Other local news is that neighbor Sandra Lindberg has taken in yet another stray dog (she’s up to 4 now … no name yet for the latest) and came by yesterday to introduce the puppy to Ali, who has been thinking about acquiring another cat, as her beloved cat Bonsai remains in The Bahamas.  She really enjoyed her new visitor.

New Neighbor

New neighbor pays a visit …

Sunday brother Mattias departs for Beijing and then back to his family and home in Atlanta.  He has been in Kunming for the past two very critical weeks and has been a constant source of both comfort and inspiration for Ali.  Indeed, Mattias slept beside Ali for seven consecutive nights while she was in hospital.

With warm, Kunming hugs to all that have been following Ali’s ongoing adventures here in Yunnan Province, China.

Home again …


(9th Blog Post by “Bert & I” on Behalf of Recovering Ali)

Ali was discharged from hospital today — Day 9 post surgery.

20130523_103325   20130523_103520

Saddling up … and ready to ride again!

She drove herself out the front door of Kunming Tongren Hospital in her C300 Permobil chair and straight into the London Taxi driven by brother Mattias for the short ride back to her apartment. She’d hoped to drive herself in her C300 the whole way (about half a kilometer) home,  but facing torrential rain and flooded streets she welcomed the lift.

Discharge involved a final CT scan + ultrasound of her legs to guard against the risk of venous thrombosis. The handling required for either a CT scan or MRI is always tough for Ali, and today proved no exception. So she was pretty tuckered out by the time she returned home and was helped back into her own, much-beloved Flex-a-Bed.


Hopefully back to rehab next week …

And then she went to sleep for the longest unbroken rest she has had since well before her surgery on the 14th of May.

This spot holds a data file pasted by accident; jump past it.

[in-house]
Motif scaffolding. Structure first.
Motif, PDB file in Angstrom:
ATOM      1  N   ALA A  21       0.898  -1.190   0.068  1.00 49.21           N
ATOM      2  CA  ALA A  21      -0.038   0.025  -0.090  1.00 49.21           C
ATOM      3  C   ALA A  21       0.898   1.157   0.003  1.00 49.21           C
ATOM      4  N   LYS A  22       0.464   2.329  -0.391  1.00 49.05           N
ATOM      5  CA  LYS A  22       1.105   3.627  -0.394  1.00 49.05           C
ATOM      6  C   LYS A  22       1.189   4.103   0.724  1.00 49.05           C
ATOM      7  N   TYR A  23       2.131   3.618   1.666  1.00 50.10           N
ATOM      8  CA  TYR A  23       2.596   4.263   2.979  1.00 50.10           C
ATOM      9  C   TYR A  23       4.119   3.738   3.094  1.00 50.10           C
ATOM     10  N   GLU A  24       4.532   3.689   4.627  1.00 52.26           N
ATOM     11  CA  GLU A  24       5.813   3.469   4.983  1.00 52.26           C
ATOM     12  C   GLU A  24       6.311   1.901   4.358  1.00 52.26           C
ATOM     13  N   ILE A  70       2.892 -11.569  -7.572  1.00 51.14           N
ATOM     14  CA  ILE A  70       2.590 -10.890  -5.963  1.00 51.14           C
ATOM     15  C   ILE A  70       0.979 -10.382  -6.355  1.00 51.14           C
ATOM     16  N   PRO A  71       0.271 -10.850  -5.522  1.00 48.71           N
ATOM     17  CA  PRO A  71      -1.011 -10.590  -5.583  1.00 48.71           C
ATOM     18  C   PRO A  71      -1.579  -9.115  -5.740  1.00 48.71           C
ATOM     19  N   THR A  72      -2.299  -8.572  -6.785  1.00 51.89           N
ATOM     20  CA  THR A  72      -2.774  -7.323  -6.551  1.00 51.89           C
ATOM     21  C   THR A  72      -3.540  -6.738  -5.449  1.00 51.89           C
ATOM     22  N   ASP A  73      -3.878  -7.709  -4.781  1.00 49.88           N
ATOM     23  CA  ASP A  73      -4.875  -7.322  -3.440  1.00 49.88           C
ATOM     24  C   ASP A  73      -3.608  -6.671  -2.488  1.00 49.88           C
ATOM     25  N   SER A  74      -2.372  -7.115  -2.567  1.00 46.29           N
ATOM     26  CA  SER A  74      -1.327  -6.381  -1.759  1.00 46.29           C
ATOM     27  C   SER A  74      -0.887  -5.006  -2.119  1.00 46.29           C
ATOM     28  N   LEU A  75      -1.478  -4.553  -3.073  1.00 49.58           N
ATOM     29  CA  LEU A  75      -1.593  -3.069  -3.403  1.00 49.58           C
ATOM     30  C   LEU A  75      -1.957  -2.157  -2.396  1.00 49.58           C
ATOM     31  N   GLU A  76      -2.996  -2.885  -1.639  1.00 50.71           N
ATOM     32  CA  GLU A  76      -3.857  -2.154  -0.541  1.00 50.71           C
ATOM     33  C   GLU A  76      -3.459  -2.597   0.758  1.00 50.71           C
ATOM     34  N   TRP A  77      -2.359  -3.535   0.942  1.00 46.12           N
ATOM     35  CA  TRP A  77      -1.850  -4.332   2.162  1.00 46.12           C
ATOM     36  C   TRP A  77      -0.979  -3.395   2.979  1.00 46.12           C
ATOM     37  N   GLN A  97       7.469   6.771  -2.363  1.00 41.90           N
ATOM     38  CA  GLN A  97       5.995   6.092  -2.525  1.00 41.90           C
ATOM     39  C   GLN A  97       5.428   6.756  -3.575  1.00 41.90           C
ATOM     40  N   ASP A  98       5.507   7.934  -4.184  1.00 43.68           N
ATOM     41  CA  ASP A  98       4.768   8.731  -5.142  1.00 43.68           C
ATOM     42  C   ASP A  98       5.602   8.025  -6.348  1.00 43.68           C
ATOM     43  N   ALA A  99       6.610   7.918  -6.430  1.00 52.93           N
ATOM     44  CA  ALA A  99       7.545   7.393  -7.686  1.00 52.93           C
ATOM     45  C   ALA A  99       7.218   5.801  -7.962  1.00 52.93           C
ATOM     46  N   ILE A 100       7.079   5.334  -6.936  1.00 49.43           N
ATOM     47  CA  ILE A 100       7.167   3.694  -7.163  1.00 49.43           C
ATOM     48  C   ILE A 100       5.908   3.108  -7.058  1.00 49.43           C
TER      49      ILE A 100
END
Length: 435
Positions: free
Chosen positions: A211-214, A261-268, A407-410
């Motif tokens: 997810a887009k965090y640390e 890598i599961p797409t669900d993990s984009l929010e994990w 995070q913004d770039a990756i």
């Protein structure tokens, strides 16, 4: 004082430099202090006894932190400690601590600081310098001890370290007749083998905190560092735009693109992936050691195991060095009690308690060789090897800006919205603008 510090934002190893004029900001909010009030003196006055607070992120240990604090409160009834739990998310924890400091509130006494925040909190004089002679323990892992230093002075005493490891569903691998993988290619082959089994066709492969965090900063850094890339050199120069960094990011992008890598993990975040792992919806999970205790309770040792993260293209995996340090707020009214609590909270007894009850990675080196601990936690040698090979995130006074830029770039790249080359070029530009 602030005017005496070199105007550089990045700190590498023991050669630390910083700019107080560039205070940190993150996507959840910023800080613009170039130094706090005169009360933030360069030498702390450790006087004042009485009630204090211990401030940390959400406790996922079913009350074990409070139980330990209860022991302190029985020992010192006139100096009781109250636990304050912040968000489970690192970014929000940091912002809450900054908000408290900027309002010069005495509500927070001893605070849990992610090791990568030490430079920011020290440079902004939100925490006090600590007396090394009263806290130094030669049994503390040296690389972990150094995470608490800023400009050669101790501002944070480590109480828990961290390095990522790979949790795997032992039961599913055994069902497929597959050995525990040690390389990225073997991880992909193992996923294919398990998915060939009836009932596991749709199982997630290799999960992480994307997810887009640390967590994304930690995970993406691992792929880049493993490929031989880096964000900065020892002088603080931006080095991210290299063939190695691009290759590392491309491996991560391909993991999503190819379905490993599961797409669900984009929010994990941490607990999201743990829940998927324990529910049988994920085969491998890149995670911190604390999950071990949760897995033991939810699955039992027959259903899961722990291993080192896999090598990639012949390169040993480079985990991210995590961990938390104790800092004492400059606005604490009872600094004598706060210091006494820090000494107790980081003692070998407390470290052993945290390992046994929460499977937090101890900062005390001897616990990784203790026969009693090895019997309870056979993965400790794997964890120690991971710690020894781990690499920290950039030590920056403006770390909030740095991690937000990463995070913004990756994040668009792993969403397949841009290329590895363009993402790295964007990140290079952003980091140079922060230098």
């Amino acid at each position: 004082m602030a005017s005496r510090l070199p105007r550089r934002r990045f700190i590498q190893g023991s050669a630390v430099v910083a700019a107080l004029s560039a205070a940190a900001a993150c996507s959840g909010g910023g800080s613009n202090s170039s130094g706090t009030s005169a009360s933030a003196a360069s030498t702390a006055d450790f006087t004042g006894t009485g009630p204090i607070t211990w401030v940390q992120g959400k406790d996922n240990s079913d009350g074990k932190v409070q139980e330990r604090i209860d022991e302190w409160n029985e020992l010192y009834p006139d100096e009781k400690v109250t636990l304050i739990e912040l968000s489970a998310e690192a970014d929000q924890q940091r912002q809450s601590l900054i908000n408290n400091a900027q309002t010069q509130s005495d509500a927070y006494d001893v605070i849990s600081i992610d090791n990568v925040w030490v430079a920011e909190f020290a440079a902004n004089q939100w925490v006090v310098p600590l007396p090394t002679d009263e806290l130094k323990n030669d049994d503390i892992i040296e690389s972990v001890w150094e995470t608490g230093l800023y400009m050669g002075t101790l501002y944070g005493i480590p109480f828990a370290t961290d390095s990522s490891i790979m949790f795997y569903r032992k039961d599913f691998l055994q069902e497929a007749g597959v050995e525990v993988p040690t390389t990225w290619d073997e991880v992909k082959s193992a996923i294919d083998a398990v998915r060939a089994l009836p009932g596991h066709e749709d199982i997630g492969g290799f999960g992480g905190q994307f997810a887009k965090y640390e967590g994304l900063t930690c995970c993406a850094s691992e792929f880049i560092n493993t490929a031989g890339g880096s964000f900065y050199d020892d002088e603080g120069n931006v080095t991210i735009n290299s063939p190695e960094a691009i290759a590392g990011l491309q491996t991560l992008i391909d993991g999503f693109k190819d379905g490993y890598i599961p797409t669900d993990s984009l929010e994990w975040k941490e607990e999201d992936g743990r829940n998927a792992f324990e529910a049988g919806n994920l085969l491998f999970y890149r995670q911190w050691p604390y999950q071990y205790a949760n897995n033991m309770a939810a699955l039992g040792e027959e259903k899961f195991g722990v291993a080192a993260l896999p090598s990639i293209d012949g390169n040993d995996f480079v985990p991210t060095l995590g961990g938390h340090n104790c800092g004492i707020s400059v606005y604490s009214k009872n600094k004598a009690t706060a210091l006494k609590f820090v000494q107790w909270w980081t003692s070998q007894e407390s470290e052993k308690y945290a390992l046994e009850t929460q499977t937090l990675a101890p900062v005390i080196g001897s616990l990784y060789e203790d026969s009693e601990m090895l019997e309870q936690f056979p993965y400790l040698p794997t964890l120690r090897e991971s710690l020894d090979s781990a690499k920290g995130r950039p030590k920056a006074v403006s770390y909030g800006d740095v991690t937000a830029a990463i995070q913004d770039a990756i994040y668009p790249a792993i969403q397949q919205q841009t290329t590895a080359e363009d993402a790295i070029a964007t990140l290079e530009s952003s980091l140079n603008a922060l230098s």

Tomorrow (Friday in Kunming) Bert & I hope to turn the reins of her blog back over to Ali  so that readers can start to get a first-hand account of what she has experienced.

The nursing care at Tongren Hospital has been excellent by any standard, and her neurosurgeon, Dr. Liu Yansheng, has fully validated her decision to choose him for this most exacting of neurosurgical procedures.

The only “surprises” from the surgery were the extremely high intracranial CSF pressure and that her vertebral lamina had been worn paper-thin, evidently by the sustained high internal pressure.

Kunming team leaders, Dr. Zhu Hui and Dr. Liu Yansheng, can only recall one other similar case of such high pressure of more than 1,000 similar surgeries. In other words, Ali did not have much time left before the damage would have been irreversible, with mortal consequences.

But … she appears to have moved just-in-time to commit to the surgery … and so Ali lives to fight another day!


Not bad for 9 days out … 🙂

Stepping Up Rehab


(8th Blog Post by “Bert & I” on Behalf of Hospitalized Ali)

Ali has had another good day as the pain medication protocol devised over the weekend continues to be effective.

She again worked out from her bed with the Kunming Walking Programme physical therapy team – actually twice today. During one of the these workouts, she managed to sit for 20 minutes at 90 degrees, first propped up by pillows & then just locking arms with her therapists.


Talk about room service!  (Photo by Mom)

With the post-surgery pain finally under control, Ali is bouncing back quickly.

Indeed, the major news is that Ali is pressing for discharge tomorrow or the following day so that she can continue her recovery at home. Her hope is that in her own bed she will be able sleep without the constant wake-ups that are part of hospital life all over the world.